Legal and Expert Witness Staffing for Opioid Litigation


Litigation has always been something of a game of chicken, the opioid litigation is taking it to a whole new level

The 2019 news cycle has been dominated by a few things: the 2020 presidential election, the Mueller report, and the opioid epidemic and its corresponding litigation. But in case you’re behind on the opioid litigation story, let’s get you caught up.

On May 16, 2019, Purdue Pharma, a major producer of the opioid medication OxyContin, was hit with five more lawsuits by the attorneys general of Iowa, Kansas, Maryland, West Virginia, and Wisconsin. These lawsuits are a drop in the bucket—according to, the company is already facing “more than 1,000 similar lawsuits for allegedly fueling the opioid crisis with deceptive marketing of its pain drugs.”

And more than 30 states and “nearly 1,500 cities and counties have filed suit against pharmaceutical companies, wholesalers, and pharmacies for their role in the opioid crisis.” Much of this litigation has been most condensed into the In re: National Prescription Opiate Litigation (a multi-district litigation or MDL). The scope of litigation is so daunting that attorneys representing local governments announced last week a plan to unite the plaintiffs under one global settlement.

However this plays out, opioid litigation is going to require large, flexible teams. MDL’s will certainly require more staff than the local cases. While litigation has always been something of a game of chicken, the opioid litigation is taking it to a whole new level. We have evidence from both Hire an Esquire and that firms are preparing for the onslaught. Our friend Nick Rishwain from, has some sound advice on staffing up for the litigation surge.

Firms Active in the Opioid Litigation Battle:

We’ve noticed a lot of visitor activity on with notable (and the biggest names) representing both plaintiffs and defendants as firms prepare for different phases of litigation. The results below come from our own visitor data on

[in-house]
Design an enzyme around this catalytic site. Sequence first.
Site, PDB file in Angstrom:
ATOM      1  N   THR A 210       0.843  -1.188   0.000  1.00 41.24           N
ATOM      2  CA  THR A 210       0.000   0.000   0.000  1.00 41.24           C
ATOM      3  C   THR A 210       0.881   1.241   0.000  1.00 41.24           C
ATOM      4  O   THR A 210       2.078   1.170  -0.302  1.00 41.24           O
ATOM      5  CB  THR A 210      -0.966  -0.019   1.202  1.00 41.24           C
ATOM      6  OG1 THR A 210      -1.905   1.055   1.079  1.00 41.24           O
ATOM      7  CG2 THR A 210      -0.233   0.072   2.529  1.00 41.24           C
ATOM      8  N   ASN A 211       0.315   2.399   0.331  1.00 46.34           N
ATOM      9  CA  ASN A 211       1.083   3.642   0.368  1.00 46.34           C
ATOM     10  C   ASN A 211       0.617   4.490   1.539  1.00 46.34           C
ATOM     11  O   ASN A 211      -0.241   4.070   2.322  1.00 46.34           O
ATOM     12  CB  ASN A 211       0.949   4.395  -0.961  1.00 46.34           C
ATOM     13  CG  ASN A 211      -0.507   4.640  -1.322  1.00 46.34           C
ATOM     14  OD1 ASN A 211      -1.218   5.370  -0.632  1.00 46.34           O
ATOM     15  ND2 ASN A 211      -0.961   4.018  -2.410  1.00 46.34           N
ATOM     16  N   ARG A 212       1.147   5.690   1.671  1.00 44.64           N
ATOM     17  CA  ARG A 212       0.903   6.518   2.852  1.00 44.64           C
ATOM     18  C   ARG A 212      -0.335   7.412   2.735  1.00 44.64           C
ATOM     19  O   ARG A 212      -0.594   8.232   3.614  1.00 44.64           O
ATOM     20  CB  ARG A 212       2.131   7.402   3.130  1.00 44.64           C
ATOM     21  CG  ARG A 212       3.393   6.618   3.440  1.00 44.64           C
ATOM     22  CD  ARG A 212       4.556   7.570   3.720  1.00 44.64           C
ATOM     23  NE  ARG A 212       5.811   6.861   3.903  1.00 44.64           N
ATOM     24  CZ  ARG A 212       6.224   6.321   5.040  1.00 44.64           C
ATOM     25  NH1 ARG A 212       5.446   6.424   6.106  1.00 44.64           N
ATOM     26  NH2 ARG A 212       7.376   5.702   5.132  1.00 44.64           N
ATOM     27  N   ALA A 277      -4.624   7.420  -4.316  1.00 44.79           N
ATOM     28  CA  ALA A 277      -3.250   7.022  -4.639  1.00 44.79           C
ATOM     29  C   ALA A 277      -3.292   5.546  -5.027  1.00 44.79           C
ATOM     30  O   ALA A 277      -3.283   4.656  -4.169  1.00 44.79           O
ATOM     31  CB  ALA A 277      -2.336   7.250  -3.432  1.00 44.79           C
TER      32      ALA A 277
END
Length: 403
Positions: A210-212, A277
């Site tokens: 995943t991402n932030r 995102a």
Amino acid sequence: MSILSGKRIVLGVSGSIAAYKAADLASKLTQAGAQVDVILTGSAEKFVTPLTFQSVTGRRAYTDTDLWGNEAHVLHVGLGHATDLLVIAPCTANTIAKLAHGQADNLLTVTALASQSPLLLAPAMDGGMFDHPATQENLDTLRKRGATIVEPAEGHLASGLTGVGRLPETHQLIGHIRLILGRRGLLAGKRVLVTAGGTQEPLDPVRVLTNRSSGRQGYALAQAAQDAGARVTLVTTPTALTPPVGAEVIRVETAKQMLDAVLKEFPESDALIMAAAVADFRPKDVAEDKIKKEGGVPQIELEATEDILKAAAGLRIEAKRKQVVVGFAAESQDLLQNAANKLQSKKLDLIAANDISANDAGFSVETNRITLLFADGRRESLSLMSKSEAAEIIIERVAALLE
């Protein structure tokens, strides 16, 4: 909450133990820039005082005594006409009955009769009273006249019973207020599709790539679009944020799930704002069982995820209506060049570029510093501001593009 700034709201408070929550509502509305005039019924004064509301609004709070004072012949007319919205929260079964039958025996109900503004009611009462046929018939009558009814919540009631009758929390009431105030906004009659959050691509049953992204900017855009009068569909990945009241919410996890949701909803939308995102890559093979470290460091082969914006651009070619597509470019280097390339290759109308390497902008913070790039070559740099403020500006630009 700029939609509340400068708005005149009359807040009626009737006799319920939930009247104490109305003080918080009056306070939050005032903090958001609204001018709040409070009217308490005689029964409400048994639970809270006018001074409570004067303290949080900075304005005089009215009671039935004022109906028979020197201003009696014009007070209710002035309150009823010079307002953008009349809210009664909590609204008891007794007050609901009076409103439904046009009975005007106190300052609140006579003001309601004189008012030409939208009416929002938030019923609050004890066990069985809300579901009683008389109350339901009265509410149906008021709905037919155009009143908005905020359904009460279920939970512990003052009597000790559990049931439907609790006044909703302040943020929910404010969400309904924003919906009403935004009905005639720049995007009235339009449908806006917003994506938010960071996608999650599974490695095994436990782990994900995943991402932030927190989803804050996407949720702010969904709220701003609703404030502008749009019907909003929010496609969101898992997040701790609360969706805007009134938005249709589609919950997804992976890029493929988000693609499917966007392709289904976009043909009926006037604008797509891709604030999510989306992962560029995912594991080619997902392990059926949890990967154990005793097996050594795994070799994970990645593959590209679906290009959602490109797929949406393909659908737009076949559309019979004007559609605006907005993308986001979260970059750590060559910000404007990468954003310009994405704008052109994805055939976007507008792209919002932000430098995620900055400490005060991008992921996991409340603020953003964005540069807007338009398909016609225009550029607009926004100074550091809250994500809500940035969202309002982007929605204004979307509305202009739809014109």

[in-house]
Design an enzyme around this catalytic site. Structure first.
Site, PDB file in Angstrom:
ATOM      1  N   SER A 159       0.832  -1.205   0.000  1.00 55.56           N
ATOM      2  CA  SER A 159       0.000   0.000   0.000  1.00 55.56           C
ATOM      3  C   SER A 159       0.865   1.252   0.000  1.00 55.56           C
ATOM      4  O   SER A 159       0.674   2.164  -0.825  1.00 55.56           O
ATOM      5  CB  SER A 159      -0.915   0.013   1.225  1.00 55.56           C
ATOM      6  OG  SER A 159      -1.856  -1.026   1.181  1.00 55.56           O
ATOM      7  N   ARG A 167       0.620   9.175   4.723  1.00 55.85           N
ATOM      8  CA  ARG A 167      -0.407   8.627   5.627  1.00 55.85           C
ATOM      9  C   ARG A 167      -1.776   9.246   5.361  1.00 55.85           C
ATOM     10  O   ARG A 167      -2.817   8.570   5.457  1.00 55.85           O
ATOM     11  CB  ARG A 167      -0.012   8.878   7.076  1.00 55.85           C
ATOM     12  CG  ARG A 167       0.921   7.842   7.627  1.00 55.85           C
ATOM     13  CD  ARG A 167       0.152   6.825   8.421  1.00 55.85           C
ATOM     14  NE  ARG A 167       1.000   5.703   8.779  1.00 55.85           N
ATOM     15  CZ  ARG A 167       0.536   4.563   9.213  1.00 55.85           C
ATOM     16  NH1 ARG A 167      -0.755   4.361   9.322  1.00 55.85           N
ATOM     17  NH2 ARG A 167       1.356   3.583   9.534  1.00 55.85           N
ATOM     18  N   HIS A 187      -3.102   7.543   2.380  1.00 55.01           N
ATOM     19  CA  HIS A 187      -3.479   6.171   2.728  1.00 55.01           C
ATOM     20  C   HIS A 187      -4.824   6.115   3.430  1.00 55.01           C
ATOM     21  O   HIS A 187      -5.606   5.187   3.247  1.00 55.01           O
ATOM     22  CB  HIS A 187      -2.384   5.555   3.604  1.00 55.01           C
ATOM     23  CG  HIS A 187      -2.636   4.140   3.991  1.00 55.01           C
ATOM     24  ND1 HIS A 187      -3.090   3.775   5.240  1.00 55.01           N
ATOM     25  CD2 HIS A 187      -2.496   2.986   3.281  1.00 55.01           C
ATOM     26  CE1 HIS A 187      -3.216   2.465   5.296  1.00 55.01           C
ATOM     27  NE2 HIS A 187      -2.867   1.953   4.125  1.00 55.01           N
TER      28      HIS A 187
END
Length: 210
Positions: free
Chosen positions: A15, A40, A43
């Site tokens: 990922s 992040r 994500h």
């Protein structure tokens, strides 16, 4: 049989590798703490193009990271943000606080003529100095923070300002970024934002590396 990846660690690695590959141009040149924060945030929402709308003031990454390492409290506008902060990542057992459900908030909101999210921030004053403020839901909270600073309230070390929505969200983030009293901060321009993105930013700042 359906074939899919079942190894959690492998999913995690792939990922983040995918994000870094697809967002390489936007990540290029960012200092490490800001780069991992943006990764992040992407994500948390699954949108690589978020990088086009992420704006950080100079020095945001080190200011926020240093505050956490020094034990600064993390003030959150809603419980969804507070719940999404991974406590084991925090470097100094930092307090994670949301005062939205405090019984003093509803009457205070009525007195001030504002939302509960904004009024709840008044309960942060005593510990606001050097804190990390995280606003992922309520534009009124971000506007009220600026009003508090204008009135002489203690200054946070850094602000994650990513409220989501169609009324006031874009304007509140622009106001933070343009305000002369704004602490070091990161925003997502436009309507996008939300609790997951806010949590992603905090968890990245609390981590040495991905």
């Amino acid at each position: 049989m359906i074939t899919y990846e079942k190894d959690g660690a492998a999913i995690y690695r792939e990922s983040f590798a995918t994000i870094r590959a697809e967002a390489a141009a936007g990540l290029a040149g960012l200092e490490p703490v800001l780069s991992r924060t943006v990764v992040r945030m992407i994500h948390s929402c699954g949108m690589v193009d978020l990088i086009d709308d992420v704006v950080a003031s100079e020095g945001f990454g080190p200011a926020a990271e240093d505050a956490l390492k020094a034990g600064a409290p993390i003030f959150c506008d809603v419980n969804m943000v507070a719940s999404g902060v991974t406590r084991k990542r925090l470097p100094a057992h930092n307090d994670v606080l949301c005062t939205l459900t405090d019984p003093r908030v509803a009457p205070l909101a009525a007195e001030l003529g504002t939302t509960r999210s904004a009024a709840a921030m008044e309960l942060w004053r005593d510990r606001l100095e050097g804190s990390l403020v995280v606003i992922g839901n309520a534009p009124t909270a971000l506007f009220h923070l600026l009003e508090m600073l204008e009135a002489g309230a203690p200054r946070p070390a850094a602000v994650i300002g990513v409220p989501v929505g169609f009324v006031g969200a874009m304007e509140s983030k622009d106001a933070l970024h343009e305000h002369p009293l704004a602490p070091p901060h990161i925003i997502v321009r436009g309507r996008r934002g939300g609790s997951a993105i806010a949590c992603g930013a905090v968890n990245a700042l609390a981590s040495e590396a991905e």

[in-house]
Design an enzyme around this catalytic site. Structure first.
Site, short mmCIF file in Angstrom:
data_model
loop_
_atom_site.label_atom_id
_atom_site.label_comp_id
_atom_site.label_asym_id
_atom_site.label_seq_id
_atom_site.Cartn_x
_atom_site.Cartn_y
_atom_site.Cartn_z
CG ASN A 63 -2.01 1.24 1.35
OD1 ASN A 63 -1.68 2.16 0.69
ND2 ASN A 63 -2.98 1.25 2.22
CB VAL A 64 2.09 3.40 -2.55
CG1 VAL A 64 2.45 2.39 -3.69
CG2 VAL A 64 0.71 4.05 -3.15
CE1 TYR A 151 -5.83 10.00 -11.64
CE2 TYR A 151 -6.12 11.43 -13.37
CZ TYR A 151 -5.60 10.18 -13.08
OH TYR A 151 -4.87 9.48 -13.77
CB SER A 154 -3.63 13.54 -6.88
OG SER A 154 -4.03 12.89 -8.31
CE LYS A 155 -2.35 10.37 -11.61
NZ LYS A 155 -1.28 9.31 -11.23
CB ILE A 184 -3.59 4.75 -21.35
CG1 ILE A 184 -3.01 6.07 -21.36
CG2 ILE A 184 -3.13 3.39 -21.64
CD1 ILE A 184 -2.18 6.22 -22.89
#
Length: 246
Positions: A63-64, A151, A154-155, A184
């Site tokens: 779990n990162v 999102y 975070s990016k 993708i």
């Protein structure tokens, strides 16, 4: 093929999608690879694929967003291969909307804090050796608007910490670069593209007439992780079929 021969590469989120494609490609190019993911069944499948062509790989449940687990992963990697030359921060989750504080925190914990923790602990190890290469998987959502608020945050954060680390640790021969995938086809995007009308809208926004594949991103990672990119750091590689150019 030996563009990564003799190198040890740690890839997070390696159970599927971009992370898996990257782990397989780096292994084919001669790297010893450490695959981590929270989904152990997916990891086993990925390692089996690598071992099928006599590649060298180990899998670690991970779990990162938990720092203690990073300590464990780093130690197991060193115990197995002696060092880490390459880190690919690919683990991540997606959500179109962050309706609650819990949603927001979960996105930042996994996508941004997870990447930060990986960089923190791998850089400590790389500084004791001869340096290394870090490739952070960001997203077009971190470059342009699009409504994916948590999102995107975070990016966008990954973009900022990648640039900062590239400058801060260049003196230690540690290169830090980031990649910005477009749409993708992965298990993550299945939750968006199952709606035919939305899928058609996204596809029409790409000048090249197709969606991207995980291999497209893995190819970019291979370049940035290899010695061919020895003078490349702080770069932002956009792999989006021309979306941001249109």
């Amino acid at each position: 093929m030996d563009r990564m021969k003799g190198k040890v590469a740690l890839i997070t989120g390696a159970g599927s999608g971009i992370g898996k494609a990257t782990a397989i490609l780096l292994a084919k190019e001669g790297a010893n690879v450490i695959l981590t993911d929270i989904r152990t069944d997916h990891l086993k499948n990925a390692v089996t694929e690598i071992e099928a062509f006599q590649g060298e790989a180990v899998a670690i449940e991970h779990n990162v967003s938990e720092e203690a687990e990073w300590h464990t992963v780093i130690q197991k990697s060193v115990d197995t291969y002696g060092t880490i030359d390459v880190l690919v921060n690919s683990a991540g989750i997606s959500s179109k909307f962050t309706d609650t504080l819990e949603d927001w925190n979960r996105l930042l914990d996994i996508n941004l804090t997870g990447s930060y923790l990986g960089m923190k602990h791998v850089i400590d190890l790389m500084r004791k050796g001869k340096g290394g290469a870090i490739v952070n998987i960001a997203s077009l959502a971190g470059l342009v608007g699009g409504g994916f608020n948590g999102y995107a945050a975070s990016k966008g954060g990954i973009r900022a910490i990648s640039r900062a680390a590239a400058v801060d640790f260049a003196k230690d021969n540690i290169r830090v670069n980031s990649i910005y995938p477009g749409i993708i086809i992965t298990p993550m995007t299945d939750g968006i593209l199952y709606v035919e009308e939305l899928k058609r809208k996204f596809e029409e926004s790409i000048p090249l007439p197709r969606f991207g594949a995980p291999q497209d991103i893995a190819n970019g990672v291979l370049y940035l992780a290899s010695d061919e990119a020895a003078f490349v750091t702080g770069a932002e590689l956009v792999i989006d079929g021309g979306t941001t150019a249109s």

The firm designated as “co-lead counsel in the National Prescription Opiate Litigation,” a leading mass tort law firm is a regular visitor to Others visiting a wide variety of areas of expertise include those filing amicus briefs in the case. All are visiting expert profiles in an array of addiction-related categories, including pharmacy, pharmacology, toxicology, and addiction medicine. It’s clear that the opioid crisis is being attacked from a number of different channels by various government entities.

Interestingly, while we normally see a pretty even split between plaintiff and defense firms for most areas of expertise, we’re experiencing significantly more visits from defense counsel.

How does this all relate to legal professionals and expert witnesses?

You may know some of the major players. You may also know these players are actively looking at expert witnesses and consultants for a variety of litigation surrounding the opioid crisis not only the national MDL but the individual suits against Big Pharma. Additionally, there are a dizzying variety of local lawsuits and prosecutions against others in the opioid supply chain (i.e. doctors, clinics, hospitals, pharmacists, and pharmacies). The practice area is ripe with opportunities for experts and legal professionals with relevant backgrounds—particularly in a flex capacity.